Molecular and Genetic Mechanisms of Obesity: Implications for Future Management

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Abstract:



Obesity has become a worldwide public health problem affecting millions of people. A disruption of the balance between energy intake and energy expenditure is believed to be the major cause of obesity. Substantial progress has been made in deciphering the pathogenesis of energy homeostasis over the past few years. The fact that obesity is under strong genetic control has been well established. Human monogenic obesity is rare in large populations, the most common form of obesity is considered to be a polygenic disorder arising from the interaction of multiple genetic and environmental factors. Here, we attempt to briefly review the most recent understanding of molecular mechanisms involved in energy homeostasis and adipogenesis. We discuss the advantages and disadvantages of various approaches commonly used in search for susceptibility genes for obesity. The main results from these genetic studies are summarized, with comments made on the most striking or representative findings. Finally, the implications of the recent advances in the understanding of molecular genetic mechanisms of body weight regulation on prevention and therapeutic intervention of obesity will be discussed.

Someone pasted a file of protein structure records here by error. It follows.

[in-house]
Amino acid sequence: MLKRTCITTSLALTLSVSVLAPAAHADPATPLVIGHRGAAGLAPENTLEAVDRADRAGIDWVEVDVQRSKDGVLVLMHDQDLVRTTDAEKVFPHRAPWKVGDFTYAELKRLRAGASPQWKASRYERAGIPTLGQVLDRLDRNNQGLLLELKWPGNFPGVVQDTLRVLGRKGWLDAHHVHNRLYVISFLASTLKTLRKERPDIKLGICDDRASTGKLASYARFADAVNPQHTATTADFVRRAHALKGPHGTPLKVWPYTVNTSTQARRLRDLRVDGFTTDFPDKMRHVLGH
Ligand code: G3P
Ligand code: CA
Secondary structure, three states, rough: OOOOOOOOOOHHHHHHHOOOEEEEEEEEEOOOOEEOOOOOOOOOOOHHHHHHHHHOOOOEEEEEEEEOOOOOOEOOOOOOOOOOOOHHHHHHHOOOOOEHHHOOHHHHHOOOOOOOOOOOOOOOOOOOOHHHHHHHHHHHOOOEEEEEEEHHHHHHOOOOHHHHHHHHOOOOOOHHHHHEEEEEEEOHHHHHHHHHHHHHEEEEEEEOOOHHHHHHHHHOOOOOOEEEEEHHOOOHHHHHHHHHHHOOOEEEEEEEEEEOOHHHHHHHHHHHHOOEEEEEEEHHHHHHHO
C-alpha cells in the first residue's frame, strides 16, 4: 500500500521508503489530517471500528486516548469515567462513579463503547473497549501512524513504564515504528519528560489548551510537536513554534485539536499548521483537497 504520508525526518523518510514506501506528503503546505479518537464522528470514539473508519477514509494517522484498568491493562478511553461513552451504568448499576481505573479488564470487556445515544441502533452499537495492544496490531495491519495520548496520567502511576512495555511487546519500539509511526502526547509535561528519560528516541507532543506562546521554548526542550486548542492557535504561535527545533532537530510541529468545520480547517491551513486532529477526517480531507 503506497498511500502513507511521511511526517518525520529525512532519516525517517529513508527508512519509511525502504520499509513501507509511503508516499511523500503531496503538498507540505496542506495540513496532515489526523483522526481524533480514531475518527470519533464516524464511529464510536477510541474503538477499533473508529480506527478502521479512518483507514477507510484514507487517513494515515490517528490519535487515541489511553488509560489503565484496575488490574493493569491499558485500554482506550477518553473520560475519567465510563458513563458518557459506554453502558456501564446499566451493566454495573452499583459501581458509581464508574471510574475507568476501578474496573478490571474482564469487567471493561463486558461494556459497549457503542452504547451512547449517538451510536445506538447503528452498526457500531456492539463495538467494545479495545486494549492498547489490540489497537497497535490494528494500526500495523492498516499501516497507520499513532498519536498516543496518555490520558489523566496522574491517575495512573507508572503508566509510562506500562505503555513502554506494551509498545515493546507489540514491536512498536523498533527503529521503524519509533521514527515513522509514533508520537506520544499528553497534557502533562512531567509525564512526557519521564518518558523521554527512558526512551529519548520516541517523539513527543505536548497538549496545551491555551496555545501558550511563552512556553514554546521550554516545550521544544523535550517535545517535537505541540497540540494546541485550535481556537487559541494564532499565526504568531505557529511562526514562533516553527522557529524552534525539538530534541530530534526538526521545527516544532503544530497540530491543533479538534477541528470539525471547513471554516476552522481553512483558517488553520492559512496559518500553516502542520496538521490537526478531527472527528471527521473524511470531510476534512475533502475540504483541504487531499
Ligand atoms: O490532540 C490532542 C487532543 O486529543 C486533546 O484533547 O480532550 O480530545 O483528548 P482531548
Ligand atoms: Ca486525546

Keywords: genetic mechanisms; obesity

Document Type: Review Article

DOI: http://dx.doi.org/10.2174/1566524033479735

Publication date: June 1, 2003

More about this publication?
  • Current Molecular Medicine is an interdisciplinary journal focused on providing the readership with current and comprehensive reviews on fundamental molecular mechanisms of disease pathogenesis, the development of molecular-diagnosis and/or novel approaches to rational treatment. The reviews should be of significant interest to basic researchers and clinical investigators in molecular medicine. Periodically the journal will invite guest editors to devote an issue on a basic research area that shows promise to advance our understanding of the molecular mechanism(s) of a disease or has potential for clinical applications.
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